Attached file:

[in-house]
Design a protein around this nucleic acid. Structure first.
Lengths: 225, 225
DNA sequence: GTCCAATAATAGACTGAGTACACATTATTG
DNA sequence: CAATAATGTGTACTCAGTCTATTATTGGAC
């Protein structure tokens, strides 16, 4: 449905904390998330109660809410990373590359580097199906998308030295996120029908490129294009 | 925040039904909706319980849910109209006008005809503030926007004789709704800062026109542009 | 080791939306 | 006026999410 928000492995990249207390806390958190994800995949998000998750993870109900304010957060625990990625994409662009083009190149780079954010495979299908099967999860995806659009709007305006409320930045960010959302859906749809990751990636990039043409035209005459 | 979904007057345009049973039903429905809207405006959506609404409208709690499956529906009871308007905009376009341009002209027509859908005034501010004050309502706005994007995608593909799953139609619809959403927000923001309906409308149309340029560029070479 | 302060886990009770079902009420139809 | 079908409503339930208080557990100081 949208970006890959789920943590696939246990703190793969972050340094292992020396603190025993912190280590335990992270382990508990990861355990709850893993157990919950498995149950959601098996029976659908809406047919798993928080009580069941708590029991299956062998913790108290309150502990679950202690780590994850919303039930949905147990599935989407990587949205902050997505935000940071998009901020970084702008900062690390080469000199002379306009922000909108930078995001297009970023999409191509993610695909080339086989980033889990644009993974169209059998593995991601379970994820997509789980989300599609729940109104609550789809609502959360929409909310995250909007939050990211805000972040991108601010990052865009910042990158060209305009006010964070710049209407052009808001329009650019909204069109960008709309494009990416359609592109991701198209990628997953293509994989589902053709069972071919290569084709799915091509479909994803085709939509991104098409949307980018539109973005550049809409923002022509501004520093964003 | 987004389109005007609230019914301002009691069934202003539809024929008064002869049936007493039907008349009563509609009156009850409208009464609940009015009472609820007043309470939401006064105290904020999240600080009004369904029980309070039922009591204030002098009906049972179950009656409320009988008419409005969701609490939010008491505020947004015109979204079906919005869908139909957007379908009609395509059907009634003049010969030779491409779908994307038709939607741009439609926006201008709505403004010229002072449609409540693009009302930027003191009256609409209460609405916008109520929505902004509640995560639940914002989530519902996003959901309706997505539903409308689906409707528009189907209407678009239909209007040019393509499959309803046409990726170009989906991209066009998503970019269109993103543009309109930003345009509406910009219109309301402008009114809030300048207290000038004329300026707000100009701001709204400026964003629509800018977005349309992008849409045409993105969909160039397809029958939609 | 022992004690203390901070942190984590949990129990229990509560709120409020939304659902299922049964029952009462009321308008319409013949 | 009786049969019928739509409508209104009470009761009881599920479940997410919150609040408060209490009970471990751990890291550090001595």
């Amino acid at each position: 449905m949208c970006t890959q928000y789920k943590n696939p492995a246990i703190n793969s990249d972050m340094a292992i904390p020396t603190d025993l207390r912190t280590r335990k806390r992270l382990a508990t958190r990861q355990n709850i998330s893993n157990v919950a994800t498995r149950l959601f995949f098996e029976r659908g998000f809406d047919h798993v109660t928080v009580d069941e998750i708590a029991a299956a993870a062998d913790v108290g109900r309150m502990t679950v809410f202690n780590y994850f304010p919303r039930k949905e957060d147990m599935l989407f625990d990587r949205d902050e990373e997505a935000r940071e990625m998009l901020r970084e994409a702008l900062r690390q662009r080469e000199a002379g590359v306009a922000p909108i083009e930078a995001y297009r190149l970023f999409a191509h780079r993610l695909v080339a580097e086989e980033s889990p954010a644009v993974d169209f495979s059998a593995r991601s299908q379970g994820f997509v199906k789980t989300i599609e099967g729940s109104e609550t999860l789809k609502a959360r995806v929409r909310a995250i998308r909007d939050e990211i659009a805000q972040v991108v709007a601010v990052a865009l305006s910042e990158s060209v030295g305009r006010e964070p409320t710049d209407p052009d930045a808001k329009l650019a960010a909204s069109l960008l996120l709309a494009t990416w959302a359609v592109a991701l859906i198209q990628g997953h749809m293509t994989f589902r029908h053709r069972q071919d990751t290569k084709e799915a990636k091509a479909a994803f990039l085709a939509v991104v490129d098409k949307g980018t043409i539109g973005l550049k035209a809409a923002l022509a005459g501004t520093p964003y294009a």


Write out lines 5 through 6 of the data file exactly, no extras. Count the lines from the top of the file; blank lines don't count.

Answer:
DNA sequence: CAATAATGTGTACTCAGTCTATTATTGGAC
């Protein structure tokens, strides 16, 4: 449905904390998330109660809410990373590359580097199906998308030295996120029908490129294009 | 925040039904909706319980849910109209006008005809503030926007004789709704800062026109542009 | 080791939306 | 006026999410 928000492995990249207390806390958190994800995949998000998750993870109900304010957060625990990625994409662009083009190149780079954010495979299908099967999860995806659009709007305006409320930045960010959302859906749809990751990636990039043409035209005459 | 979904007057345009049973039903429905809207405006959506609404409208709690499956529906009871308007905009376009341009002209027509859908005034501010004050309502706005994007995608593909799953139609619809959403927000923001309906409308149309340029560029070479 | 302060886990009770079902009420139809 | 079908409503339930208080557990100081 949208970006890959789920943590696939246990703190793969972050340094292992020396603190025993912190280590335990992270382990508990990861355990709850893993157990919950498995149950959601098996029976659908809406047919798993928080009580069941708590029991299956062998913790108290309150502990679950202690780590994850919303039930949905147990599935989407990587949205902050997505935000940071998009901020970084702008900062690390080469000199002379306009922000909108930078995001297009970023999409191509993610695909080339086989980033889990644009993974169209059998593995991601379970994820997509789980989300599609729940109104609550789809609502959360929409909310995250909007939050990211805000972040991108601010990052865009910042990158060209305009006010964070710049209407052009808001329009650019909204069109960008709309494009990416359609592109991701198209990628997953293509994989589902053709069972071919290569084709799915091509479909994803085709939509991104098409949307980018539109973005550049809409923002022509501004520093964003 | 987004389109005007609230019914301002009691069934202003539809024929008064002869049936007493039907008349009563509609009156009850409208009464609940009015009472609820007043309470939401006064105290904020999240600080009004369904029980309070039922009591204030002098009906049972179950009656409320009988008419409005969701609490939010008491505020947004015109979204079906919005869908139909957007379908009609395509059907009634003049010969030779491409779908994307038709939607741009439609926006201008709505403004010229002072449609409540693009009302930027003191009256609409209460609405916008109520929505902004509640995560639940914002989530519902996003959901309706997505539903409308689906409707528009189907209407678009239909209007040019393509499959309803046409990726170009989906991209066009998503970019269109993103543009309109930003345009509406910009219109309301402008009114809030300048207290000038004329300026707000100009701001709204400026964003629509800018977005349309992008849409045409993105969909160039397809029958939609 | 022992004690203390901070942190984590949990129990229990509560709120409020939304659902299922049964029952009462009321308008319409013949 | 009786049969019928739509409508209104009470009761009881599920479940997410919150609040408060209490009970471990751990890291550090001595």